An analytical and experimental investigation of issues in the organization of generic advertising campaigns
AdvisorIsaac, R. Mark
MetadataShow full item record
PublisherThe University of Arizona.
RightsCopyright © is held by the author. Digital access to this material is made possible by the University Libraries, University of Arizona. Further transmission, reproduction or presentation (such as public display or performance) of protected items is prohibited except with permission of the author.
AbstractGeneric advertising campaigns promote the general qualities of a product to customers thus improving the demand of all firms who market that product. Recent national campaigns of this nature include the milk advertising campaign "Got Milk?" and the advertising campaign by florists "Think Flowers." The focus of this dissertation is to study, through analytical modeling and an experimental economics perspective, the strategic issues that arise in the organization of such an advertising campaign. We investigate two mechanisms used in practice--Voluntary Contribution Mechanisms (VCMs) and Mandated Contribution Mechanisms (MCMs). In the former, industry members can decide if they want to participate and if so, how much they wish to contribute. Here, the strategic problem relates to achieving complete participation. Specifically, either "free-rider" or "cheap-rider" equilibria obtain, leading to sub-optimal advertising. In order to overcome this, we propose the Provision Point VCM where the campaign is conducted only if contributions exceed a pre-determined threshold. Here, optimal advertising is always a feasible equilibrium. We experimentally investigated the impact of these two VCMs, face-to-face communication and completeness of information on contributions. Managers with experience in such advertising also participated in our study. The findings from the forty four economic experiments were: (1) Simple VCM led to lower efficiency in comparison to Provision Point VCMs. (2) When the provision point was set at the Pareto Optimum, a high efficiency and provision percentage resulted. (3) Communication always led to gains in efficiency. A weak long-term effect was found in the Simple VCM case and a strong long-term effect was found in the Provision Point VCM case. (4) The efficiency in the complete and incomplete information cases for both Simple and Provision Point VCMs were very similar. This is a surprising result. In MCMs, the government stipulates a payment rule by legislation and all industry members must comply. Firms can reduce their share of the advertising budget only by under-stating privately held information, leading to sub-optimal advertising. We design a mechanism that overcomes this by ensuring that truthful information revelation is the dominant strategy for all firms.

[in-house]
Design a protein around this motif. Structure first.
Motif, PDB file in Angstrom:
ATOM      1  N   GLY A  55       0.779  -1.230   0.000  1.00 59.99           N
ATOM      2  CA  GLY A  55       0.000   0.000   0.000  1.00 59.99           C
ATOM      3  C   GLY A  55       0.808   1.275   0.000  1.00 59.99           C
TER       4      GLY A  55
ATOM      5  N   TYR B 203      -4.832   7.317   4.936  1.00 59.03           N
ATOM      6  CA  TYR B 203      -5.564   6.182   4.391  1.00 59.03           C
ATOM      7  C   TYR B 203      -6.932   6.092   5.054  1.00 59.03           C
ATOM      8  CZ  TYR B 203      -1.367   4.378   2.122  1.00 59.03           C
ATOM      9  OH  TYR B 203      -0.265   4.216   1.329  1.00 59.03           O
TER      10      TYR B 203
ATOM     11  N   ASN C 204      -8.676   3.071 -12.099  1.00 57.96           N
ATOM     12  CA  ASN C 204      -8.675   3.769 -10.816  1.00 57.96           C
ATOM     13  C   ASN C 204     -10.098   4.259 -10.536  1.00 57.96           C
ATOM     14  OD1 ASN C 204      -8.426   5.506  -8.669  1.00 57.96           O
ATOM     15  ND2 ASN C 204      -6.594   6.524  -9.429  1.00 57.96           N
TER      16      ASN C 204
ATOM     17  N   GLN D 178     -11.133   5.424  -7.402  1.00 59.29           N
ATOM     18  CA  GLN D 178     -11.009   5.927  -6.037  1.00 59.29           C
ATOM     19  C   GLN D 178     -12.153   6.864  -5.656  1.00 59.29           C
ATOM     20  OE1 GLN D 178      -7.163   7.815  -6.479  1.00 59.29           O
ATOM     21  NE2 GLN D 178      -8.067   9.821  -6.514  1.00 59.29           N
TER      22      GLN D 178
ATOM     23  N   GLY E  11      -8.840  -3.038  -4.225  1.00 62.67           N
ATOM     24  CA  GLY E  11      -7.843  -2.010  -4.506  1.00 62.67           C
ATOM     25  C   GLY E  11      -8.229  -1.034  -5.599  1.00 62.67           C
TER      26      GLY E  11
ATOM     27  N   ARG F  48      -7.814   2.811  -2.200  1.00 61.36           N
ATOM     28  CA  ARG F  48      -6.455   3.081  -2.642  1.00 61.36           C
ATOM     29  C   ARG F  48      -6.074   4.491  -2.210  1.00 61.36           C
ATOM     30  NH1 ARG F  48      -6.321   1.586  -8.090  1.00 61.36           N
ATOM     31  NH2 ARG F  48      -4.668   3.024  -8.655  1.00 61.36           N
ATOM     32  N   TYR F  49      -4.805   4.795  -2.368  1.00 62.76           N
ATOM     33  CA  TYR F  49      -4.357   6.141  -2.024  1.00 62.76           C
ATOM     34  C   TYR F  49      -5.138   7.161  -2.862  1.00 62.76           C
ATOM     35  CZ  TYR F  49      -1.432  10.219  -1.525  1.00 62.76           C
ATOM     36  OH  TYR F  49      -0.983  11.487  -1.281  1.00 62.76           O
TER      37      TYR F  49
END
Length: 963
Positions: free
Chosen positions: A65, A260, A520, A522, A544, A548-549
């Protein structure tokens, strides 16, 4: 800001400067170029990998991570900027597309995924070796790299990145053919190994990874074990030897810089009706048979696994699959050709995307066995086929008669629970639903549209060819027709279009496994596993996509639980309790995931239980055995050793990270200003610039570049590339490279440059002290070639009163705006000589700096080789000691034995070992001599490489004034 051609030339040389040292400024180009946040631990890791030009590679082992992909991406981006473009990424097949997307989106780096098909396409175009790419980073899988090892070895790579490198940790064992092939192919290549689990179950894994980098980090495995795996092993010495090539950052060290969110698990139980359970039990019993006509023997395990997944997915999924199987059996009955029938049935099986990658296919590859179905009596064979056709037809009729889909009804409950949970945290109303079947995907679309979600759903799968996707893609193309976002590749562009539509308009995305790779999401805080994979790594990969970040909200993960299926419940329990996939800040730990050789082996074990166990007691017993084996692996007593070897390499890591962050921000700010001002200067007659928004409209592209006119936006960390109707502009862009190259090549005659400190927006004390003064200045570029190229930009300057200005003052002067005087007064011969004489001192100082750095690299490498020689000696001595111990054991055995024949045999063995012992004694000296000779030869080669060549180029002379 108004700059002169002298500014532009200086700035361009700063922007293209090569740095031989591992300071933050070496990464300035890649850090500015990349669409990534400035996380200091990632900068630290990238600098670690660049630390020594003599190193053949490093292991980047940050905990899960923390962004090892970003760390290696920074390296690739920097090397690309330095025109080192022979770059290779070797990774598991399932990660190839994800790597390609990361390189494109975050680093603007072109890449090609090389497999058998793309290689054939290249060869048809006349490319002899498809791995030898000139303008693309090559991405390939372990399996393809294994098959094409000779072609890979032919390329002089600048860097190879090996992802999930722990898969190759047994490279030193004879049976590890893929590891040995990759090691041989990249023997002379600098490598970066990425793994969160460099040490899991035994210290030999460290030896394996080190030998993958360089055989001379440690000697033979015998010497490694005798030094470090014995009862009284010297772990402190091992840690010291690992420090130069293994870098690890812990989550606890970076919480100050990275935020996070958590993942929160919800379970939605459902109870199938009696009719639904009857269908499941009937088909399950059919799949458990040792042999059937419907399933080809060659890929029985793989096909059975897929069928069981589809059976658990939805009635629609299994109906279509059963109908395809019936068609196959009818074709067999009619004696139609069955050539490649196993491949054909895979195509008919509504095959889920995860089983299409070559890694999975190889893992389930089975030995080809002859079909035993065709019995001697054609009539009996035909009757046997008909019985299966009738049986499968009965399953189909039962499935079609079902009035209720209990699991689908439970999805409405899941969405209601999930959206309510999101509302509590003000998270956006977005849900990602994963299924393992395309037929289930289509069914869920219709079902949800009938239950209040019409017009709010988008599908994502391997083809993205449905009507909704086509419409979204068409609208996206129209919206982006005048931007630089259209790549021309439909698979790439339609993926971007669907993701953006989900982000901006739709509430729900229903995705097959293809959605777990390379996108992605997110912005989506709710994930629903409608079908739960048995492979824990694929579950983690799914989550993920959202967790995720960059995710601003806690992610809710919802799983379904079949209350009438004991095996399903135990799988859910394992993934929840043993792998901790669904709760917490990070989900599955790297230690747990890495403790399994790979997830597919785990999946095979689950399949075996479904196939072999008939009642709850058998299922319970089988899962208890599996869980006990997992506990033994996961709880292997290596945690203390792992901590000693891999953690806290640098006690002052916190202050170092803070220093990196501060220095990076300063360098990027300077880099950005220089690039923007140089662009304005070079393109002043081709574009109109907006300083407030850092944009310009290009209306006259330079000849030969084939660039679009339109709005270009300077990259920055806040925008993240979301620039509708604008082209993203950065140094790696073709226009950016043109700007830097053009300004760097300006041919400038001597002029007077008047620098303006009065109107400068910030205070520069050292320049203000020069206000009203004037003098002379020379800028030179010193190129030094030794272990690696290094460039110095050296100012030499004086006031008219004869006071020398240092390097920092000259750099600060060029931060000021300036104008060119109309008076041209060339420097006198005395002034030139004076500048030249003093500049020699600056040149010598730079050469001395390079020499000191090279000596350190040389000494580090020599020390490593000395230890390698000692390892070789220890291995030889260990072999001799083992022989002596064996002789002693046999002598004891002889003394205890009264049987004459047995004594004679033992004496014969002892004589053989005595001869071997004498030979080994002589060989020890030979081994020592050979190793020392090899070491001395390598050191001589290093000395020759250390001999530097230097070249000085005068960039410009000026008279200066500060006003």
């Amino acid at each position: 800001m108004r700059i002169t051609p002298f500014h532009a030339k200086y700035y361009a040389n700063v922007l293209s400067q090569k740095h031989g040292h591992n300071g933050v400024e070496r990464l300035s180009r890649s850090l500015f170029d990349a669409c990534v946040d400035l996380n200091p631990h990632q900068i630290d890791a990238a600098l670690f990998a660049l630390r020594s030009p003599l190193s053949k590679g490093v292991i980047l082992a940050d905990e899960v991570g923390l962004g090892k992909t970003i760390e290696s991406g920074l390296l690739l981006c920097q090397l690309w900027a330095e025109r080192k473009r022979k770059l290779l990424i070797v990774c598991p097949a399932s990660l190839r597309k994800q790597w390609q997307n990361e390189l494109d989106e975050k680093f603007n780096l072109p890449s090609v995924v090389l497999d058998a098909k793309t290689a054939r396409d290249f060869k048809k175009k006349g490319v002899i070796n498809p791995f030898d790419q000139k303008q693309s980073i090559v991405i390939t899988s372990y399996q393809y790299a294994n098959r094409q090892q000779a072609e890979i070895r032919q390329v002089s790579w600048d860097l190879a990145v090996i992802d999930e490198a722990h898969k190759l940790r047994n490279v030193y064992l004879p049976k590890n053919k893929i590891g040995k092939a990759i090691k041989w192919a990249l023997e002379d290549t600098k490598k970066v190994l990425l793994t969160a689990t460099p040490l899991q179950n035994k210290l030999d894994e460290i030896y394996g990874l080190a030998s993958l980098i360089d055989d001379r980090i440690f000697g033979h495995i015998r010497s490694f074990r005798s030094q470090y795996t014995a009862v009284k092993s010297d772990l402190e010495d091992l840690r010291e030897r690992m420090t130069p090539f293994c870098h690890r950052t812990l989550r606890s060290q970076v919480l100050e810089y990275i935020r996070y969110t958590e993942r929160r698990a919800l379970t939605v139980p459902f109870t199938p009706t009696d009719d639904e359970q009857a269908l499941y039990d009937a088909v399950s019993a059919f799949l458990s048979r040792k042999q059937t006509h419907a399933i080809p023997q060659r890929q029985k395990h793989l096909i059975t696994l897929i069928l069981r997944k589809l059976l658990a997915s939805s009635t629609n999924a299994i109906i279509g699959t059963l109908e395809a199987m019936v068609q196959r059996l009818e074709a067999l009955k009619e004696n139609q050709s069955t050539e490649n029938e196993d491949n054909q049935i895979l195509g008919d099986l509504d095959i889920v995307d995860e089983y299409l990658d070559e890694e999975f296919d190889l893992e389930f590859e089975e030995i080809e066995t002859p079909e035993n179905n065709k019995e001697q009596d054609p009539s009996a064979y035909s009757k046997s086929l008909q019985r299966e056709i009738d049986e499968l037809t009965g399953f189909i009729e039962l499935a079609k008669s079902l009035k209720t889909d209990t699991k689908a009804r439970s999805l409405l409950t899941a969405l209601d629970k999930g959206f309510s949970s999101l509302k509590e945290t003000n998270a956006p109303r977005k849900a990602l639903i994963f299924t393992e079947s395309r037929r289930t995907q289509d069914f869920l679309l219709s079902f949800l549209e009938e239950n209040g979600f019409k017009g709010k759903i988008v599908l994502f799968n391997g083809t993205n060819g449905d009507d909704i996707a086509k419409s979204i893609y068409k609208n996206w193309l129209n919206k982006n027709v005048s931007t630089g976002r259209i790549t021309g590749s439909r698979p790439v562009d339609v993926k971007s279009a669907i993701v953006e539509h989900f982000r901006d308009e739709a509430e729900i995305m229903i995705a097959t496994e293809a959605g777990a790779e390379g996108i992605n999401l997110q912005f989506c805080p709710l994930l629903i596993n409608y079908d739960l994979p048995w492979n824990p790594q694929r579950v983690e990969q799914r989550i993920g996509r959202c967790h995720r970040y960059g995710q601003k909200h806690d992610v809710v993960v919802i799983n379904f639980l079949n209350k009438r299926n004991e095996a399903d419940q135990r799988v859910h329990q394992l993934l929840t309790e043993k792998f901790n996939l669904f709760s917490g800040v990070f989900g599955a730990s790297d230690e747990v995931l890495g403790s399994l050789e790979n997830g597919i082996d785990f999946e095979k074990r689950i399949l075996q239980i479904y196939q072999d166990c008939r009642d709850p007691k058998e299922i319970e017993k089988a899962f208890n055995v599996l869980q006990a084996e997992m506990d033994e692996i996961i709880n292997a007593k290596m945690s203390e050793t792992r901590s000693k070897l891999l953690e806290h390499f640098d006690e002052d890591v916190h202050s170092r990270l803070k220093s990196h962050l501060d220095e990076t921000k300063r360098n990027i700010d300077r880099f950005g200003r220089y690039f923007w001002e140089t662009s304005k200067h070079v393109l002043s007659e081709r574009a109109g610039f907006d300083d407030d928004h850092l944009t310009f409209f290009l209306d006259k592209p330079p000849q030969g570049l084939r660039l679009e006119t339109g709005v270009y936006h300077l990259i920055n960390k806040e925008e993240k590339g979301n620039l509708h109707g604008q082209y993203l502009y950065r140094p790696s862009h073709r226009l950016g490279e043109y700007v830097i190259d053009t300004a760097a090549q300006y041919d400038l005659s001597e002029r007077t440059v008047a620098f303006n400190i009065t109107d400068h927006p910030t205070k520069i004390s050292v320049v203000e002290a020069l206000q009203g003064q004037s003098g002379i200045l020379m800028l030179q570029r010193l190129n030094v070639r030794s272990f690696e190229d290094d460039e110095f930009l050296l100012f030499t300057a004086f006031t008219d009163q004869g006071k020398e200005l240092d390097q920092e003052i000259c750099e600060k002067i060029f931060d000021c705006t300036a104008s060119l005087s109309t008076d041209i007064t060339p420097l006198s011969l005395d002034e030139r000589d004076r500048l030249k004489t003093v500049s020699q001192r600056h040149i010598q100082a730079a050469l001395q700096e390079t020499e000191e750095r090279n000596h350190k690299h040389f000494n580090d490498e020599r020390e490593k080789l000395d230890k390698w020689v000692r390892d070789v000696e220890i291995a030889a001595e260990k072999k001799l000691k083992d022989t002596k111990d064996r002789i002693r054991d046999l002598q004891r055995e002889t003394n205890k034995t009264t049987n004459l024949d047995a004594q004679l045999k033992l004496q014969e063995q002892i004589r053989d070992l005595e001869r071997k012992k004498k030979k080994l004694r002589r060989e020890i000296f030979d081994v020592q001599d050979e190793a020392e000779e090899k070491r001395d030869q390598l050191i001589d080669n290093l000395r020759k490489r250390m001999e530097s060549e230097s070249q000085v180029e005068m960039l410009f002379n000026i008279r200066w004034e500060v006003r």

Degree ProgramGraduate College